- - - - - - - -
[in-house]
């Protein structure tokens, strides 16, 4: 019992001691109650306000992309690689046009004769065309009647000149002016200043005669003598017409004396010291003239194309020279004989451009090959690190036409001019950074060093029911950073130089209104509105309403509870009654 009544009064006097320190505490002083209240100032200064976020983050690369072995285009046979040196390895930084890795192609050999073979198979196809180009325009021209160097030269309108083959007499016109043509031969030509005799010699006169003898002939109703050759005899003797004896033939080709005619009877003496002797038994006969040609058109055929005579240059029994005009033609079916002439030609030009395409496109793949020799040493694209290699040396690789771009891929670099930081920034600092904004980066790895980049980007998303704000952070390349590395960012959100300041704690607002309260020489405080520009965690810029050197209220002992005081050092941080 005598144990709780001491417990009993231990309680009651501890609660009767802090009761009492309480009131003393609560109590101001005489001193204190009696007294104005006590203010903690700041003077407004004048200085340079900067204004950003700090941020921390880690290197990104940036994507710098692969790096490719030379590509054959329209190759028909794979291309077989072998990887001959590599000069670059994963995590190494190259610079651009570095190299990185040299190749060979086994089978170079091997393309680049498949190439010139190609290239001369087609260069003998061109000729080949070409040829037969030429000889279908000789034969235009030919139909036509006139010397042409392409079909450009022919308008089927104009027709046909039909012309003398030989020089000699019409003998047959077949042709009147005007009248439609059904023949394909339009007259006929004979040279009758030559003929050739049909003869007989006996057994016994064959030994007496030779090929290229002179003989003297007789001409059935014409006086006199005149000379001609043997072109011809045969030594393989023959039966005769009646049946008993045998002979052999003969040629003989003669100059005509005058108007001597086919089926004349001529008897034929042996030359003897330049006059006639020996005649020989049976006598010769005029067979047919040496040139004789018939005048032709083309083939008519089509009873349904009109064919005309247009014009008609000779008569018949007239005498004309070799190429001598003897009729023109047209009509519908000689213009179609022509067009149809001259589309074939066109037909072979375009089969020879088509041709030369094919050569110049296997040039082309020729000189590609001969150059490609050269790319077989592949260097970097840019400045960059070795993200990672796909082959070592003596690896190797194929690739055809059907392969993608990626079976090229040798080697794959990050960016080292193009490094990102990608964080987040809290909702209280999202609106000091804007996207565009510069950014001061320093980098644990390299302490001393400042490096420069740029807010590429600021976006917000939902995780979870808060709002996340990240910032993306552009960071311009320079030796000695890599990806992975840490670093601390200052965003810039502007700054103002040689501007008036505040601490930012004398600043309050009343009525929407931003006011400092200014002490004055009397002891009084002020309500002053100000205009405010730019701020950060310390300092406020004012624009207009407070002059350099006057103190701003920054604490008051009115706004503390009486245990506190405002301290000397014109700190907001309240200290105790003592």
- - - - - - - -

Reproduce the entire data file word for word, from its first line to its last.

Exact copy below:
[in-house]
């Protein structure tokens, strides 16, 4: 019992001691109650306000992309690689046009004769065309009647000149002016200043005669003598017409004396010291003239194309020279004989451009090959690190036409001019950074060093029911950073130089209104509105309403509870009654 009544009064006097320190505490002083209240100032200064976020983050690369072995285009046979040196390895930084890795192609050999073979198979196809180009325009021209160097030269309108083959007499016109043509031969030509005799010699006169003898002939109703050759005899003797004896033939080709005619009877003496002797038994006969040609058109055929005579240059029994005009033609079916002439030609030009395409496109793949020799040493694209290699040396690789771009891929670099930081920034600092904004980066790895980049980007998303704000952070390349590395960012959100300041704690607002309260020489405080520009965690810029050197209220002992005081050092941080 005598144990709780001491417990009993231990309680009651501890609660009767802090009761009492309480009131003393609560109590101001005489001193204190009696007294104005006590203010903690700041003077407004004048200085340079900067204004950003700090941020921390880690290197990104940036994507710098692969790096490719030379590509054959329209190759028909794979291309077989072998990887001959590599000069670059994963995590190494190259610079651009570095190299990185040299190749060979086994089978170079091997393309680049498949190439010139190609290239001369087609260069003998061109000729080949070409040829037969030429000889279908000789034969235009030919139909036509006139010397042409392409079909450009022919308008089927104009027709046909039909012309003398030989020089000699019409003998047959077949042709009147005007009248439609059904023949394909339009007259006929004979040279009758030559003929050739049909003869007989006996057994016994064959030994007496030779090929290229002179003989003297007789001409059935014409006086006199005149000379001609043997072109011809045969030594393989023959039966005769009646049946008993045998002979052999003969040629003989003669100059005509005058108007001597086919089926004349001529008897034929042996030359003897330049006059006639020996005649020989049976006598010769005029067979047919040496040139004789018939005048032709083309083939008519089509009873349904009109064919005309247009014009008609000779008569018949007239005498004309070799190429001598003897009729023109047209009509519908000689213009179609022509067009149809001259589309074939066109037909072979375009089969020879088509041709030369094919050569110049296997040039082309020729000189590609001969150059490609050269790319077989592949260097970097840019400045960059070795993200990672796909082959070592003596690896190797194929690739055809059907392969993608990626079976090229040798080697794959990050960016080292193009490094990102990608964080987040809290909702209280999202609106000091804007996207565009510069950014001061320093980098644990390299302490001393400042490096420069740029807010590429600021976006917000939902995780979870808060709002996340990240910032993306552009960071311009320079030796000695890599990806992975840490670093601390200052965003810039502007700054103002040689501007008036505040601490930012004398600043309050009343009525929407931003006011400092200014002490004055009397002891009084002020309500002053100000205009405010730019701020950060310390300092406020004012624009207009407070002059350099006057103190701003920054604490008051009115706004503390009486245990506190405002301290000397014109700190907001309240200290105790003592």